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Gasping in Babies & Toddlers

author image Sriram Ramgopal
Sriram Ramgopal is a medical graduate from Sri Ramachandra University, India. He currently lives in the the greater Boston area and works as a Neurology Research Fellow at Children's Hospital, Boston. Ramgopal is also the co-founder of Sangam India, a nonprofit urban development organization based in Chennai, India.
Gasping in Babies & Toddlers
Make sure your child gets quick treatment if he can't breathe. Photo Credit John Kelly/iStock/Getty Images

Gasping behavior in infants and toddlers means that they aren't getting enough air. Many times, this indicates that the airway is obstructed. Gasping can indicate a number of serious conditions. While some cases of croup and bronchiolitis are mild, if your child is struggling to breathe, it probably indicates a more severe infection. If your child experiences these symptoms, take him to the emergency room to get them quickly evaluated and treated.

Foreign Body

Toddlers may put objects in their mouth, leading to a dangerous obstruction of the respiratory tract. According to an article published in 2009 in the "International Journal of Medical Sciences," these events are the most common cause of accidental death in childhood. Children who aspirate a foreign body can have choking followed by noisy breathing. If the airway is completely blocked, children cannot breathe and the condition is serious. If you think your child has inhaled an object, slap your baby's back if she is less than 1 year old. If she is older, try the Heimlich maneuver. Bring your baby to the hospital immediately.

Bronchiolitis and Pneumonia

Bronchiolitis and pneumonia are common infections that can happen in babies and toddlers. Bronchiolitis is usually caused by viruses and affects babies between 3 and 6 months of age. Pneumonia can be caused by bacteria or viruses. Both diseases can cause difficulty breathing with gasping breaths, along with fever and cough. If your child has this set of symptoms, bring him in for a prompt medical evaluation.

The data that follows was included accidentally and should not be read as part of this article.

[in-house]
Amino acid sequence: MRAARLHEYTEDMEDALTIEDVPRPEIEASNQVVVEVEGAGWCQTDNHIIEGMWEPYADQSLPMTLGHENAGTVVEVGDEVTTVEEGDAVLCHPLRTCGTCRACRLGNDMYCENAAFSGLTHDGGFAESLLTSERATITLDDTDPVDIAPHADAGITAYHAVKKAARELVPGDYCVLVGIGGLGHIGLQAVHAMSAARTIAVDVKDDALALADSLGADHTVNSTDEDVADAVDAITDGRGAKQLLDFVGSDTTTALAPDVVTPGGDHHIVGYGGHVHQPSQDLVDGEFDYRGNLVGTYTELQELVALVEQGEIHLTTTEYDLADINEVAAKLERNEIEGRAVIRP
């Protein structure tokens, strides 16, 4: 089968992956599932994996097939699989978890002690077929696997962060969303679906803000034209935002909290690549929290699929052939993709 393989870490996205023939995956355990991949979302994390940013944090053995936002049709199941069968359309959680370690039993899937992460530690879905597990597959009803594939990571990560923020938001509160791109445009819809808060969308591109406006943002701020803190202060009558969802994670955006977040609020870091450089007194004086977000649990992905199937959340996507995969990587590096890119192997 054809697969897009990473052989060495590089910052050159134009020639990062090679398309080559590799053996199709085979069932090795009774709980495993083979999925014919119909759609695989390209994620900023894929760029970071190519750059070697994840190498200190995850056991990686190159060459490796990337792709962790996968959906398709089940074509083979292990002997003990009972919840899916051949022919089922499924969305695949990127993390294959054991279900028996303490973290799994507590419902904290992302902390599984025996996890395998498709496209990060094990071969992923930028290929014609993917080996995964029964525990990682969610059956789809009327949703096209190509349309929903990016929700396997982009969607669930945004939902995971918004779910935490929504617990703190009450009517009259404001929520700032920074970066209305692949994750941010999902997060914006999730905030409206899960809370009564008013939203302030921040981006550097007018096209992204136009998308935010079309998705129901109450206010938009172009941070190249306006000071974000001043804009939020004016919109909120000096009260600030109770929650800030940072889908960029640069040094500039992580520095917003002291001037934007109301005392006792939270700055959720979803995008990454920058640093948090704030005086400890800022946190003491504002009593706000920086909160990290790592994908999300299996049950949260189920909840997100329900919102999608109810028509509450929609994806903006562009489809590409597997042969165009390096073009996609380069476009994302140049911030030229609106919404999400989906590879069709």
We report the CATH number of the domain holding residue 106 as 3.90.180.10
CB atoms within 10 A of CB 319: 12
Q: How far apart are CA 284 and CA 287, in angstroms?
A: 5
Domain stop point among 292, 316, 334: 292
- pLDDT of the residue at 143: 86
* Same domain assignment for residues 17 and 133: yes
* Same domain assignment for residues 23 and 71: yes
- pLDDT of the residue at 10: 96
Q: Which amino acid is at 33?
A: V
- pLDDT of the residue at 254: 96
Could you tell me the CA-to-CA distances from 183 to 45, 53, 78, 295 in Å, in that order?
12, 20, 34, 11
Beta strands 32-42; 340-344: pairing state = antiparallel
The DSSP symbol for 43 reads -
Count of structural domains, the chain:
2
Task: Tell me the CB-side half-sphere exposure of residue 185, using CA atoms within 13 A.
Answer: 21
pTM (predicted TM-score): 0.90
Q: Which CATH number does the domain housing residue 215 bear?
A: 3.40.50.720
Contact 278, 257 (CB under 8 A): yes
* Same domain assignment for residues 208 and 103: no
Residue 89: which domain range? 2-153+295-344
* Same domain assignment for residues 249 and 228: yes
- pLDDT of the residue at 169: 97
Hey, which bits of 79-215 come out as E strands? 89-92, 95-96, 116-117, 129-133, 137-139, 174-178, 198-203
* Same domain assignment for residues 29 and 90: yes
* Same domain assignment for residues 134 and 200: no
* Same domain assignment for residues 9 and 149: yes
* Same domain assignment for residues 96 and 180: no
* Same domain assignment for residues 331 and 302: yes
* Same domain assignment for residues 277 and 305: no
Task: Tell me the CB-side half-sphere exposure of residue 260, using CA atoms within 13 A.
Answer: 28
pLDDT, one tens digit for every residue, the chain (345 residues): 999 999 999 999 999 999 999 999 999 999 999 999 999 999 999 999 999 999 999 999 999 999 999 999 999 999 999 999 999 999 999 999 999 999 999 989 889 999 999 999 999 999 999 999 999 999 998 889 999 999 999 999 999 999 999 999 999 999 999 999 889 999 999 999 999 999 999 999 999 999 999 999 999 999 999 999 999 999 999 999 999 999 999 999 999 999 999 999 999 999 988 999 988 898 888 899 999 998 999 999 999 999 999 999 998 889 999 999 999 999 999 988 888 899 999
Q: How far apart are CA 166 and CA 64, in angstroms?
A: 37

Croup is an infection, usually caused by the parainfluenza virus. The infection is involves the trachea, larynx and epiglottis. Children are most affected between 3 months and 5 years of age and may have a characteristic "croupy" cough, which sounds similar to a seal bark. Children may have difficulty breathing as they inhale, and they may produce a high-pitched sound due to partial obstruction of the airway. Croup varies in severity, and while mild cases can be treated at home, severe cases should be treated in the hospital to prevent the airway from closing.


You may think of asthma as a disease of older children, but toddlers can be affected, too. According to Baby Center, 80 percent of children with asthma are affected before their fifth birthday. Asthma is a disease in which the airways episodically constrict, leading to difficulty breathing. It may be hard to distinguish asthma from bronchiolitis. Children with asthma often have parents, grandparents or siblings with allergic diseases. Asthma can be treated with drugs delivered through the respiratory tract. A variety of metered-dose inhalers are available for very young children.

Congenital Heart Disease

Congenital heart diseases include a variety of malformations of the heart. Some of these diseases may not cause symptoms at birth. Depending on the type of heart disease, children can have episodes of gasping for air and and a bluish discoloration of the extremities, called cyanosis. Children with congenital heart disease often need surgery to correct their problem.

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